Here Come the Caveats
My father was fond of saying “Nothing in life is free" and while these Google / Intuit websites may be sort of free, after 30 days if you need help, you have to pay for help; so instead of saying it’s free for a year, they should say it’s free, but we need to tell you about this and that first.
Like many offers of any kind -- and I want to make it clear I’m not just picking on Intuit and Google -- there’s fine print, FAQs and rule web pages you need to read before you jump on board. The FAQ page also states, “Once the 365 limit is over, you will be automatically billed" for the $4.99 web hosting and $2.00 domain charges; to me that means you probably have to enter a company credit card or offer up e-check options. It also says you can cancel at any time, however.
I won’t rant long here, but if you are a business owner and have ever taken a free offer from another business where you could cancel at any time and did, isn’t it harder than it seems? The customer service person (they are just doing their job) pushes you on why are you canceling and what can they do to keep you and wait—did you know you can also get this for just $1 buck more a month? They are urged to be proactive when it comes to keeping customers, but unless you are blunt and say, “Nope, don’t want it, don’t need it, just give me my cancellation number/ confirmation secret code" you do have to listen to their spiel. Okay, I rambled longer than I wanted.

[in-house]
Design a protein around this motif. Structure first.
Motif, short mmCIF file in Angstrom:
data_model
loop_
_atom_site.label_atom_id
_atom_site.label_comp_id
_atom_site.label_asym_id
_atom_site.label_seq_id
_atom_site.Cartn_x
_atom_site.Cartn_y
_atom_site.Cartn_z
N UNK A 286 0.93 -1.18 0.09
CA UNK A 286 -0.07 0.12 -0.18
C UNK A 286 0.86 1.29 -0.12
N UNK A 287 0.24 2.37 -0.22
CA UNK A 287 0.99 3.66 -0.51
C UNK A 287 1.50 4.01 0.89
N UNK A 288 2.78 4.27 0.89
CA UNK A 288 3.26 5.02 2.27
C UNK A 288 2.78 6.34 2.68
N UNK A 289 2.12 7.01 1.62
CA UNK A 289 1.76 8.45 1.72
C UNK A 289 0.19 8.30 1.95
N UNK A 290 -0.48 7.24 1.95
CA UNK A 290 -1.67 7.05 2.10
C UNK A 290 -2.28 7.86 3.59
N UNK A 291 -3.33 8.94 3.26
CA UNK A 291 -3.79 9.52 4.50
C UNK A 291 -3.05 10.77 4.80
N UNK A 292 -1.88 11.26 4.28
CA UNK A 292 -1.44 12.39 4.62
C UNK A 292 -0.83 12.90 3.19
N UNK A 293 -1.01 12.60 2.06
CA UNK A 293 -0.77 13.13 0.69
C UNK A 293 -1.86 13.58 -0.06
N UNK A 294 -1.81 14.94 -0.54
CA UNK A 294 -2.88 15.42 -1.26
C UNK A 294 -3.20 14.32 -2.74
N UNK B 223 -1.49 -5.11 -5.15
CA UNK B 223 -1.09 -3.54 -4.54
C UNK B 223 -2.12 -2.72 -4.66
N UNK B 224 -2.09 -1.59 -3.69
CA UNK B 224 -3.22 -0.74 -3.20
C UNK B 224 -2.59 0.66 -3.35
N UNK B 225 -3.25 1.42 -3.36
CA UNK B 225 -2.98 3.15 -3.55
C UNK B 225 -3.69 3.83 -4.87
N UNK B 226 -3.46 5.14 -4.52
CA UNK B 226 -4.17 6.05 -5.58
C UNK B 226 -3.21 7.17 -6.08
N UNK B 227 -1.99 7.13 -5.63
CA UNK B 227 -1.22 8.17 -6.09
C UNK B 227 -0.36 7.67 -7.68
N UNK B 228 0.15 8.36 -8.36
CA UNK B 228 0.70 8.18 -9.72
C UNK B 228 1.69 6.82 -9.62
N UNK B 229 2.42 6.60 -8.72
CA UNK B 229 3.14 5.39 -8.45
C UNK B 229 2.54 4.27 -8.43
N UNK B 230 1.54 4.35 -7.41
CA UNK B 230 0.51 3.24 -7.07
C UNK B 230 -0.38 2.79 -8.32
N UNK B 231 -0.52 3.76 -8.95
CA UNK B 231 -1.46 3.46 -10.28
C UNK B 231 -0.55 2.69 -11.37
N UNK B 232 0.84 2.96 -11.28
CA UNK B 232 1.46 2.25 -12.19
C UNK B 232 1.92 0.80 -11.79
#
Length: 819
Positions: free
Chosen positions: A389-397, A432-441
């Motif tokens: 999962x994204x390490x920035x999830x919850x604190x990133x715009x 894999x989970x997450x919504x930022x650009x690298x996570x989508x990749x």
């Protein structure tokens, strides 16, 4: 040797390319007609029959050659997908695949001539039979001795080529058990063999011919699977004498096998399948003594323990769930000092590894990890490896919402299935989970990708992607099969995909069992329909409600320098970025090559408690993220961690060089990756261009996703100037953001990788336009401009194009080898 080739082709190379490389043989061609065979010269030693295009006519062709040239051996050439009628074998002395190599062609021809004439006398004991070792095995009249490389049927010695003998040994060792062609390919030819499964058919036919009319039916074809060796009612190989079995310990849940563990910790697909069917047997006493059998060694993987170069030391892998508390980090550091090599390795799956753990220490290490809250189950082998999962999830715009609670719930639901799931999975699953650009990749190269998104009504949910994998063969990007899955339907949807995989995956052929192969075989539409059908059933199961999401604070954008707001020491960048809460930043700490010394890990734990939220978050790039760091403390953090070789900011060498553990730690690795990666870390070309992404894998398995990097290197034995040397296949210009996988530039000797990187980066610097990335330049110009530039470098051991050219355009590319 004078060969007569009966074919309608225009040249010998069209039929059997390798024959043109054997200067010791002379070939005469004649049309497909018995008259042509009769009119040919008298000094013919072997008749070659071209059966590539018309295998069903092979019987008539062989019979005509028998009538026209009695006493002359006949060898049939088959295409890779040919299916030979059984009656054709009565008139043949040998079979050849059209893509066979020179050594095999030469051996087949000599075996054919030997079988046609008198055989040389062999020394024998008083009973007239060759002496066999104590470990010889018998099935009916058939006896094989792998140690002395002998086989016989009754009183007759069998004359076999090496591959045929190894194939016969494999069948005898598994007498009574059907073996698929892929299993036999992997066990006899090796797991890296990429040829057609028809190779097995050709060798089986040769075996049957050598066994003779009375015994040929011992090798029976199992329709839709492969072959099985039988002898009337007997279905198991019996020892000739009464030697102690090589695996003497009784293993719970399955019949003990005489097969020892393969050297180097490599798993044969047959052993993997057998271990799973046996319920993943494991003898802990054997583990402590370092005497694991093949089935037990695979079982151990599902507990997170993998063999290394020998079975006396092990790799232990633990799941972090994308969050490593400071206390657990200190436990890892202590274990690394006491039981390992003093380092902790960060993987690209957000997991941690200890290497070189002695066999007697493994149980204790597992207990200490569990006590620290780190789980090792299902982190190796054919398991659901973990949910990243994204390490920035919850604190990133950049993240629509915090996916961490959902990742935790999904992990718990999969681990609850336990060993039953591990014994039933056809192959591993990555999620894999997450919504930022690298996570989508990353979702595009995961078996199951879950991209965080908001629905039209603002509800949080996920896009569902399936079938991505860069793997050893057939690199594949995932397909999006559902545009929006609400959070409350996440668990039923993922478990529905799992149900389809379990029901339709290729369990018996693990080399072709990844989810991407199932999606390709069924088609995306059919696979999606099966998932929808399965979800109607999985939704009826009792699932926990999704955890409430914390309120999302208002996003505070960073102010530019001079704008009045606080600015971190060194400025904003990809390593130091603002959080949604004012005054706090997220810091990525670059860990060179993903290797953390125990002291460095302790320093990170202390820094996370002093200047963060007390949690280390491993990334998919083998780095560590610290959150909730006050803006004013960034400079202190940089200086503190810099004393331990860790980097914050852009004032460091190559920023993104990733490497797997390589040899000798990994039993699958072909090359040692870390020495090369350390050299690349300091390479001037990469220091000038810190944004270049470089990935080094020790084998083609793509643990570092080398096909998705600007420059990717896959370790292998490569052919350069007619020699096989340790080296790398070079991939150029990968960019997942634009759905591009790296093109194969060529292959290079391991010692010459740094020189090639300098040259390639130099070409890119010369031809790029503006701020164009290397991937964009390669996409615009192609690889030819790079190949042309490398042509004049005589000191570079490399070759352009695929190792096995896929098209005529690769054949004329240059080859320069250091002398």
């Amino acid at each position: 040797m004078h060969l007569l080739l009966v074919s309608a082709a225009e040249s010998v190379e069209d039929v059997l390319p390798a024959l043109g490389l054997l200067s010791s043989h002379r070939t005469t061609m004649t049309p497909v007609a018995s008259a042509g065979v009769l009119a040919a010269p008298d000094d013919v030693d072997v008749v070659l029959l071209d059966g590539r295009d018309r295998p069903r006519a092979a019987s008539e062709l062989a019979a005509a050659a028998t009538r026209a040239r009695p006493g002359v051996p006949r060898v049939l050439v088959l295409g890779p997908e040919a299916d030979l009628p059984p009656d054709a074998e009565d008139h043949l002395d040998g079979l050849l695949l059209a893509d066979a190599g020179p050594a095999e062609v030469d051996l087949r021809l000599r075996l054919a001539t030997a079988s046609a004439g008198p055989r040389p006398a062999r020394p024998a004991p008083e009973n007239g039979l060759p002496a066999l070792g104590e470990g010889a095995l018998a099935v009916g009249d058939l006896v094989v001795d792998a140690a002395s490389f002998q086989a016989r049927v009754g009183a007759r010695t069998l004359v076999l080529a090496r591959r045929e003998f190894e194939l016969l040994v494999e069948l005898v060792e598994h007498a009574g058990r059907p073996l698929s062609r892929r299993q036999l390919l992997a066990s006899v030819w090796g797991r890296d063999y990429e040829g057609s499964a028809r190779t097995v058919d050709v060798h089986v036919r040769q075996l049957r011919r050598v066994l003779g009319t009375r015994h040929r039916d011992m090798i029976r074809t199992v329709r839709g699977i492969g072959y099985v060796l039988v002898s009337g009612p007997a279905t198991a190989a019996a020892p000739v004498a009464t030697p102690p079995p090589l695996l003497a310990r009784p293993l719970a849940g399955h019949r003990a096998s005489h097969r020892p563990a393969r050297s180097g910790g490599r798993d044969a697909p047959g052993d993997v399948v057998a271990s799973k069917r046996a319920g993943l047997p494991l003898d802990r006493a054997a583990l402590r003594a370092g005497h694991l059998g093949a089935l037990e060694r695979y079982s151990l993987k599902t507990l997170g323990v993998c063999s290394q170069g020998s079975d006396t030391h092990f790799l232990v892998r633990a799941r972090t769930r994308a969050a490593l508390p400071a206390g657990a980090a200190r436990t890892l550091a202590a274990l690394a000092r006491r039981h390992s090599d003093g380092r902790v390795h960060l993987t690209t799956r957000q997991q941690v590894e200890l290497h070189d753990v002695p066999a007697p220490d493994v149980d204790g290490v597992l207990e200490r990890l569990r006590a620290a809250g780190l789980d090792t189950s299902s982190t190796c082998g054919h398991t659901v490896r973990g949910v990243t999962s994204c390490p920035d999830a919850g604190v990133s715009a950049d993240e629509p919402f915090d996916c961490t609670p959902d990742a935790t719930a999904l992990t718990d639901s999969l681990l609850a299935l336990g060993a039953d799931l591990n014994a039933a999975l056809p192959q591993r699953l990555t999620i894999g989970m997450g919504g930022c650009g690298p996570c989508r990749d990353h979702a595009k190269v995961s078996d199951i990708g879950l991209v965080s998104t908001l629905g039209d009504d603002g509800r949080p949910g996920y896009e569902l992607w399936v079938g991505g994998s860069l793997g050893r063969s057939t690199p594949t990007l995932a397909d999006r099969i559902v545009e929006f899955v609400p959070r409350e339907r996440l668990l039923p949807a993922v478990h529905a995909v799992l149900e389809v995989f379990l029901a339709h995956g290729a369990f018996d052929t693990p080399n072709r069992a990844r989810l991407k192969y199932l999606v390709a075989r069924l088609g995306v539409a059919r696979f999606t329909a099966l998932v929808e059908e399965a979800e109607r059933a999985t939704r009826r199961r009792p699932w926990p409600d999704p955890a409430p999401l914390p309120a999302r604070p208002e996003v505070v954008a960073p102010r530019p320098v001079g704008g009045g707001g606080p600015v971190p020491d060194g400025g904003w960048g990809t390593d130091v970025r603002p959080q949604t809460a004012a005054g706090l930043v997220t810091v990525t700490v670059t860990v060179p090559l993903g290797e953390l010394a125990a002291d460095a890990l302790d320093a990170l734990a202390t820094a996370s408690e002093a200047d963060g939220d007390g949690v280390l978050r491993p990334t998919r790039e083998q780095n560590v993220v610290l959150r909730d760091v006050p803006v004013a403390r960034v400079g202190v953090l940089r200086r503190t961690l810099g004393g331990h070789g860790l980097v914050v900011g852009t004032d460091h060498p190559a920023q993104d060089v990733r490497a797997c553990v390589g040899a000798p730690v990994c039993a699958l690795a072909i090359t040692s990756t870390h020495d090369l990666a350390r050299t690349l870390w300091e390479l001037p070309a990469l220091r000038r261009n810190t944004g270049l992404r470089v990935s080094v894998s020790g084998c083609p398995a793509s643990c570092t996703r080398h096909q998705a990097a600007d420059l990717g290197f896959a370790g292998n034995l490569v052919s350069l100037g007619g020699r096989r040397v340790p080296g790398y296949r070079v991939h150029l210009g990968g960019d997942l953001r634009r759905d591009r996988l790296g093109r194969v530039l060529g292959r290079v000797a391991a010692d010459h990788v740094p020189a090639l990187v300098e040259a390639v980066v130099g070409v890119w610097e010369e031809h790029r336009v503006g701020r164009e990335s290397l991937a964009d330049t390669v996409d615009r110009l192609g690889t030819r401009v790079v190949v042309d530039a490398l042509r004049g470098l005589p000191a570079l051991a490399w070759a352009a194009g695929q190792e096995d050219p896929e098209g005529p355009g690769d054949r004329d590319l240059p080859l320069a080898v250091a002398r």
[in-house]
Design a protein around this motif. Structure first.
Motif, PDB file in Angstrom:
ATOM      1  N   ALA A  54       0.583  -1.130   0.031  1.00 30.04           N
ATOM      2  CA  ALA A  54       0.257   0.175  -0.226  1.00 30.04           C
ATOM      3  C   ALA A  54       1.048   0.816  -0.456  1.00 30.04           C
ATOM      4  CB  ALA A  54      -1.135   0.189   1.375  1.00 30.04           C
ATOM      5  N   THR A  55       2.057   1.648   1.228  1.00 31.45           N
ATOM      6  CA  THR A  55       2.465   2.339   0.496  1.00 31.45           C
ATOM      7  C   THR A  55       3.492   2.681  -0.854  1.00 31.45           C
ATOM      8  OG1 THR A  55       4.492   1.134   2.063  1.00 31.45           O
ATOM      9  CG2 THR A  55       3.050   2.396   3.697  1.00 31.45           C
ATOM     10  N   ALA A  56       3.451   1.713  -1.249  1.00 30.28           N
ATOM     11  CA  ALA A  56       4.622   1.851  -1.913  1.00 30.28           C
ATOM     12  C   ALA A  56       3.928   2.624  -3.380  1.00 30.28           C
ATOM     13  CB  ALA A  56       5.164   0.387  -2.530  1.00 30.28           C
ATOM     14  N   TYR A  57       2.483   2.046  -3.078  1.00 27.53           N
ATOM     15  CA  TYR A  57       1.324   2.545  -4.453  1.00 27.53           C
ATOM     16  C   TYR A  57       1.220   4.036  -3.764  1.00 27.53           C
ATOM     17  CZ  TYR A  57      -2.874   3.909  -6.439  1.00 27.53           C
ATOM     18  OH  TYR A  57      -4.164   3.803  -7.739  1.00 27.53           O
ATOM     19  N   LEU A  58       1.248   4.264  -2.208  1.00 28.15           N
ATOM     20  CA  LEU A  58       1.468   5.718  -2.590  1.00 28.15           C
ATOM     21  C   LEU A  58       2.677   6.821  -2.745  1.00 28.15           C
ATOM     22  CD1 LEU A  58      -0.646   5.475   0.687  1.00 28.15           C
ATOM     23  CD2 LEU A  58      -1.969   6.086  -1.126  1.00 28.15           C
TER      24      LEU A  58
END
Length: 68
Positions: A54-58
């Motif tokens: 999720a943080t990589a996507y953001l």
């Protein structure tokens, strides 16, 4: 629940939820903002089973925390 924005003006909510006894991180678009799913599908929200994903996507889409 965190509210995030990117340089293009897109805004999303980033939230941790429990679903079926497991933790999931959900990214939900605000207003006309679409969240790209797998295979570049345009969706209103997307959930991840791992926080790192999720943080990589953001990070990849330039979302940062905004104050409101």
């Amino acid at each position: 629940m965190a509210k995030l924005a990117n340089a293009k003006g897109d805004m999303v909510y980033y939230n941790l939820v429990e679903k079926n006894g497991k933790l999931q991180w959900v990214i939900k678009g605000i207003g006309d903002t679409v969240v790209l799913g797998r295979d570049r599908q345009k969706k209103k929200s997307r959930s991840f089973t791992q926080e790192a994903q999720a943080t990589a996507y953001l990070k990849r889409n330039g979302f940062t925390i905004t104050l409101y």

According to one post I read on Sitebuilder Reviews, Google states “51 percent" of businesses in America do not have a website. That’s probably why Google is partnering with Intuit here—Google is already ruling the Internet world and why not add to their kingdom by enticing more subjects?
By subjects, I mean those with the new websites will be more inclined to use Google Adwords and pay-per-click campaigns offered by Google; like all businesses, Google needs to make money too. I do believe every business that participates in the free website does get $75 in Google Adwords credits, but that $75 goes quickly and once you are “enchanted" by the “kingdom" you will eventually become a “subject." On the other hand, if you have always been fond of primary colors (think Google logo here), that alone may make you stand up and bow down to the Internet King we call Google.
Of course you will also be inundated with emails and special offers from Intuit on why you need Quickbooks or Turbo Tax ASAP! If you have ever used Quickbooks you already know one small fee does not make for an entire program—if you want payroll, that’s extra and if you absolutely need support, that’s another fee!